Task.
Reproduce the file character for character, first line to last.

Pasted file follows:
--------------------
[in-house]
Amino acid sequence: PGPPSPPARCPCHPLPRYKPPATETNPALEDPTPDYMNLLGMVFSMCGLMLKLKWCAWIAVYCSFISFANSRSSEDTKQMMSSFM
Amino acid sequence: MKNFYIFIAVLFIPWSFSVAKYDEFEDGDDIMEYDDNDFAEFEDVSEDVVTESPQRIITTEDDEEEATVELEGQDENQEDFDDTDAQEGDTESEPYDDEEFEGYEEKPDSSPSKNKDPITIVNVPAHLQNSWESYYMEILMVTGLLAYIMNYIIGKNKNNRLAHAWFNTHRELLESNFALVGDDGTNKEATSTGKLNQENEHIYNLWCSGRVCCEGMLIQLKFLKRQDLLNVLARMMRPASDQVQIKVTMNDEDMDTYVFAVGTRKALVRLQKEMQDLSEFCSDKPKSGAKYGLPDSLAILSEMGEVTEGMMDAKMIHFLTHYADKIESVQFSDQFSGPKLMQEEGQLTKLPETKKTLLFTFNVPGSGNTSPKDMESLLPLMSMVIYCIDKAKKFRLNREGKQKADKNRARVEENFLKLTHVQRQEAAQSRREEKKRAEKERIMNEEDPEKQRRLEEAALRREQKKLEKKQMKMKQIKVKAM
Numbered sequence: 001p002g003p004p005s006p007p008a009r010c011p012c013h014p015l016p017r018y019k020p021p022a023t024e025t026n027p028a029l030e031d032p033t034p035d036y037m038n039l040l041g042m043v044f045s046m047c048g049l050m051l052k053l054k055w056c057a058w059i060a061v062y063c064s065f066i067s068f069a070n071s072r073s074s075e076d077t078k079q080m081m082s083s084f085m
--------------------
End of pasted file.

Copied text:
[in-house]
Amino acid sequence: PGPPSPPARCPCHPLPRYKPPATETNPALEDPTPDYMNLLGMVFSMCGLMLKLKWCAWIAVYCSFISFANSRSSEDTKQMMSSFM
Amino acid sequence: MKNFYIFIAVLFIPWSFSVAKYDEFEDGDDIMEYDDNDFAEFEDVSEDVVTESPQRIITTEDDEEEATVELEGQDENQEDFDDTDAQEGDTESEPYDDEEFEGYEEKPDSSPSKNKDPITIVNVPAHLQNSWESYYMEILMVTGLLAYIMNYIIGKNKNNRLAHAWFNTHRELLESNFALVGDDGTNKEATSTGKLNQENEHIYNLWCSGRVCCEGMLIQLKFLKRQDLLNVLARMMRPASDQVQIKVTMNDEDMDTYVFAVGTRKALVRLQKEMQDLSEFCSDKPKSGAKYGLPDSLAILSEMGEVTEGMMDAKMIHFLTHYADKIESVQFSDQFSGPKLMQEEGQLTKLPETKKTLLFTFNVPGSGNTSPKDMESLLPLMSMVIYCIDKAKKFRLNREGKQKADKNRARVEENFLKLTHVQRQEAAQSRREEKKRAEKERIMNEEDPEKQRRLEEAALRREQKKLEKKQMKMKQIKVKAM
Numbered sequence: 001p002g003p004p005s006p007p008a009r010c011p012c013h014p015l016p017r018y019k020p021p022a023t024e025t026n027p028a029l030e031d032p033t034p035d036y037m038n039l040l041g042m043v044f045s046m047c048g049l050m051l052k053l054k055w056c057a058w059i060a061v062y063c064s065f066i067s068f069a070n071s072r073s074s075e076d077t078k079q080m081m082s083s084f085m